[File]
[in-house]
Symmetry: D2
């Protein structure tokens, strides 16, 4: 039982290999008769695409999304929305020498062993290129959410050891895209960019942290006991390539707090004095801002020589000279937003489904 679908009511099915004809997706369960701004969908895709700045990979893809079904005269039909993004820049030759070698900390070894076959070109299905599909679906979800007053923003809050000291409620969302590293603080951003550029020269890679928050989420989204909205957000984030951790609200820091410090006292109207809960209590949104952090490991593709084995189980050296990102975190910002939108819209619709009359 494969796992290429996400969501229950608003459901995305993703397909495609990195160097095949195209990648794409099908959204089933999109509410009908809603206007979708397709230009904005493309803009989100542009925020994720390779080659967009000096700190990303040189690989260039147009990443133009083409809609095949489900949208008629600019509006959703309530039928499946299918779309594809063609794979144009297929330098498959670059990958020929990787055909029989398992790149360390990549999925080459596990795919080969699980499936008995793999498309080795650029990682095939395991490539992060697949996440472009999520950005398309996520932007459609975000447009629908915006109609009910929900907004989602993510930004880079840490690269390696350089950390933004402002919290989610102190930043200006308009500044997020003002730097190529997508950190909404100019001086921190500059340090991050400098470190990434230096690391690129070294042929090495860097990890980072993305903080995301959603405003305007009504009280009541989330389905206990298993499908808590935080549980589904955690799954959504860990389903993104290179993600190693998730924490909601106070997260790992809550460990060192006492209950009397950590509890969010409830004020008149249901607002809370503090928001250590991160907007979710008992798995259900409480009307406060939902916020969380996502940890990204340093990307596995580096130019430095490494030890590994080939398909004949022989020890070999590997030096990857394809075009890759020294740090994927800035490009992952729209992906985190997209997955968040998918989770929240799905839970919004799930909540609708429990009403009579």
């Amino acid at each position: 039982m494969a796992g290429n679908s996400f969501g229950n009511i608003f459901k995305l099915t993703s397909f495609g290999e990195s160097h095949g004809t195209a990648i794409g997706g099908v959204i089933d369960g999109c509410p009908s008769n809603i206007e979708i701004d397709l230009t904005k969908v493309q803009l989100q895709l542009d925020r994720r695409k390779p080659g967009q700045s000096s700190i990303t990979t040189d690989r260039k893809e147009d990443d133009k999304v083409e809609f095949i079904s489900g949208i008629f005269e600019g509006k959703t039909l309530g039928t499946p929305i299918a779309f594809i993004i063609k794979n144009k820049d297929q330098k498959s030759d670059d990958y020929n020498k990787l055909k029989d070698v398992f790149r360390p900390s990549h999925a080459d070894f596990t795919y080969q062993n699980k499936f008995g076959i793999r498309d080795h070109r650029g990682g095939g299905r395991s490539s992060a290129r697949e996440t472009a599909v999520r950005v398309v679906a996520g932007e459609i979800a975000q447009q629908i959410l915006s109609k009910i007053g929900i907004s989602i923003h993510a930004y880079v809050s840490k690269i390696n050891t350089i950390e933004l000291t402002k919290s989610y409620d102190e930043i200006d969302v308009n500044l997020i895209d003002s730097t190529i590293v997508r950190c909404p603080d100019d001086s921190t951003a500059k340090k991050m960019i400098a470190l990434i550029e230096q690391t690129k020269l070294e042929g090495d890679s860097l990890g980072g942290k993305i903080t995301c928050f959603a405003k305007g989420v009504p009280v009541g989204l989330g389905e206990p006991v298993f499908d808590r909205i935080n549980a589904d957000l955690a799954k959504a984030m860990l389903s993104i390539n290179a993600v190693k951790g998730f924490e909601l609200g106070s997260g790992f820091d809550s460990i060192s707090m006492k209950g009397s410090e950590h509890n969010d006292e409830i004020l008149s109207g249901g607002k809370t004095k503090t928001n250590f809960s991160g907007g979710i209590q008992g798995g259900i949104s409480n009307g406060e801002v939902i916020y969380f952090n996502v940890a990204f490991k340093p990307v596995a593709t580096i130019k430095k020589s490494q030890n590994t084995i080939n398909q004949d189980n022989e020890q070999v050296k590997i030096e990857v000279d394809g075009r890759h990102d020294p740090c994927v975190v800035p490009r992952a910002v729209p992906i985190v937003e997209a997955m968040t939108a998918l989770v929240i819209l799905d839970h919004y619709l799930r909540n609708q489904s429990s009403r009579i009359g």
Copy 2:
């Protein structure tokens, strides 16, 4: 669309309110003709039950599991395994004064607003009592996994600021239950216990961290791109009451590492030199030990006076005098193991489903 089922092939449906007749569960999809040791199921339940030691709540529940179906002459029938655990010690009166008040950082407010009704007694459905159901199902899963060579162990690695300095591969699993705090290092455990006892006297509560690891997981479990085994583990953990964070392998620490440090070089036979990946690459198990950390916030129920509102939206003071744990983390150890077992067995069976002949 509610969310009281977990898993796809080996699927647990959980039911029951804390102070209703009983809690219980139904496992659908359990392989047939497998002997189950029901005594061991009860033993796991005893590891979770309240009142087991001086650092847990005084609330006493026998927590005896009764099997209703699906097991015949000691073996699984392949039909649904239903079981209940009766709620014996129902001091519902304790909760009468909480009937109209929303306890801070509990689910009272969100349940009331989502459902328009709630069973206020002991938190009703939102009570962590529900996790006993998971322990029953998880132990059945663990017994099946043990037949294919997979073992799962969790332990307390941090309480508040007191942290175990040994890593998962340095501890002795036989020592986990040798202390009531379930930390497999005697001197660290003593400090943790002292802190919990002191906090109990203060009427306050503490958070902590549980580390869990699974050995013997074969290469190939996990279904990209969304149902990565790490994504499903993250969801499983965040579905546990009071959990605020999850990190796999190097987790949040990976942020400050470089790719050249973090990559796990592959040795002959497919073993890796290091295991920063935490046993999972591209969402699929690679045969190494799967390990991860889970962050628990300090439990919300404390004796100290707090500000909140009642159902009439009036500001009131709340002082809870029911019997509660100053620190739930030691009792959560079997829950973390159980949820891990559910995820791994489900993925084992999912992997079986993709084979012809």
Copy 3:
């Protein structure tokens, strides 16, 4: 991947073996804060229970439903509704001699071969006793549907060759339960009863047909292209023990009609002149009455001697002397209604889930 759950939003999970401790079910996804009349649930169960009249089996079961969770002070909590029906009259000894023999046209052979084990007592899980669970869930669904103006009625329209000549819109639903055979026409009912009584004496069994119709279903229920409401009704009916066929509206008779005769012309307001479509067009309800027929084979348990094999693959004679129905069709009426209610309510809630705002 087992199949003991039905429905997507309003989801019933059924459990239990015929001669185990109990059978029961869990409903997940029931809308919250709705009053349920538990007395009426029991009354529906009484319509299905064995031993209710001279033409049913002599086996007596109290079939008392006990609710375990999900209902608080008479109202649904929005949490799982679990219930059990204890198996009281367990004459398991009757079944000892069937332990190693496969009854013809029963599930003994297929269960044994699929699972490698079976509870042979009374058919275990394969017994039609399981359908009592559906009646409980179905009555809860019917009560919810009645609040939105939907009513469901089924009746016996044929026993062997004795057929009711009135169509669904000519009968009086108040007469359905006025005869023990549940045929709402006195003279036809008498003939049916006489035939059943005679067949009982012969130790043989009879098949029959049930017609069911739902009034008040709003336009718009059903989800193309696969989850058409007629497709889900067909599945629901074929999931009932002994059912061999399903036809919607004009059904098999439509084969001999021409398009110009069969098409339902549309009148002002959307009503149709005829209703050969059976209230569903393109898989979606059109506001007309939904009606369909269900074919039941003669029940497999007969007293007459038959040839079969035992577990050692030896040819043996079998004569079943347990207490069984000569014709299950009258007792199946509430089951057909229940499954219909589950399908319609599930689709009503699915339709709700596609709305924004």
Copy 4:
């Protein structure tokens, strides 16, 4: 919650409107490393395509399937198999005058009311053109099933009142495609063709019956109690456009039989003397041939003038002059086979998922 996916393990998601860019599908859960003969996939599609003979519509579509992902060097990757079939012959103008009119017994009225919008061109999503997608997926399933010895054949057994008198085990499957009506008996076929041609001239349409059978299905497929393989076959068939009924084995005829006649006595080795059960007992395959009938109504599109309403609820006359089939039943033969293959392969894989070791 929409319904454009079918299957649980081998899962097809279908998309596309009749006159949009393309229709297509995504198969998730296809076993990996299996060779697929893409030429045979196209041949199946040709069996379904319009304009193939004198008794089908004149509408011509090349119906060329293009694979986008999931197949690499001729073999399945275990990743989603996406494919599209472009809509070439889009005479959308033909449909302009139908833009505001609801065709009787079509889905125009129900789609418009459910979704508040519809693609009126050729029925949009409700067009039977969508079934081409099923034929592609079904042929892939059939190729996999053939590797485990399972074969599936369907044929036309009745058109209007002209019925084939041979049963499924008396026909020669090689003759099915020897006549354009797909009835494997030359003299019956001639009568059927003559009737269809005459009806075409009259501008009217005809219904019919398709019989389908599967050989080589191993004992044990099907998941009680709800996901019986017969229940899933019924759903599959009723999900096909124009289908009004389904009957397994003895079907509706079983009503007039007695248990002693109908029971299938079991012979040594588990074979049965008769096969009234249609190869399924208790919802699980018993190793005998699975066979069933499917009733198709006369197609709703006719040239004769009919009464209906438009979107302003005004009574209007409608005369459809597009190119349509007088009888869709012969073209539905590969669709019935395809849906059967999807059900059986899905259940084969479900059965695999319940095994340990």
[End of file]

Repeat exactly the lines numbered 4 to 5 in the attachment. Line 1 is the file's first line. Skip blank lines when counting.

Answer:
């Amino acid at each position: 039982m494969a796992g290429n679908s996400f969501g229950n009511i608003f459901k995305l099915t993703s397909f495609g290999e990195s160097h095949g004809t195209a990648i794409g997706g099908v959204i089933d369960g999109c509410p009908s008769n809603i206007e979708i701004d397709l230009t904005k969908v493309q803009l989100q895709l542009d925020r994720r695409k390779p080659g967009q700045s000096s700190i990303t990979t040189d690989r260039k893809e147009d990443d133009k999304v083409e809609f095949i079904s489900g949208i008629f005269e600019g509006k959703t039909l309530g039928t499946p929305i299918a779309f594809i993004i063609k794979n144009k820049d297929q330098k498959s030759d670059d990958y020929n020498k990787l055909k029989d070698v398992f790149r360390p900390s990549h999925a080459d070894f596990t795919y080969q062993n699980k499936f008995g076959i793999r498309d080795h070109r650029g990682g095939g299905r395991s490539s992060a290129r697949e996440t472009a599909v999520r950005v398309v679906a996520g932007e459609i979800a975000q447009q629908i959410l915006s109609k009910i007053g929900i907004s989602i923003h993510a930004y880079v809050s840490k690269i390696n050891t350089i950390e933004l000291t402002k919290s989610y409620d102190e930043i200006d969302v308009n500044l997020i895209d003002s730097t190529i590293v997508r950190c909404p603080d100019d001086s921190t951003a500059k340090k991050m960019i400098a470190l990434i550029e230096q690391t690129k020269l070294e042929g090495d890679s860097l990890g980072g942290k993305i903080t995301c928050f959603a405003k305007g989420v009504p009280v009541g989204l989330g389905e206990p006991v298993f499908d808590r909205i935080n549980a589904d957000l955690a799954k959504a984030m860990l389903s993104i390539n290179a993600v190693k951790g998730f924490e909601l609200g106070s997260g790992f820091d809550s460990i060192s707090m006492k209950g009397s410090e950590h509890n969010d006292e409830i004020l008149s109207g249901g607002k809370t004095k503090t928001n250590f809960s991160g907007g979710i209590q008992g798995g259900i949104s409480n009307g406060e801002v939902i916020y969380f952090n996502v940890a990204f490991k340093p990307v596995a593709t580096i130019k430095k020589s490494q030890n590994t084995i080939n398909q004949d189980n022989e020890q070999v050296k590997i030096e990857v000279d394809g075009r890759h990102d020294p740090c994927v975190v800035p490009r992952a910002v729209p992906i985190v937003e997209a997955m968040t939108a998918l989770v929240i819209l799905d839970h919004y619709l799930r909540n609708q489904s429990s009403r009579i009359g």
Copy 2: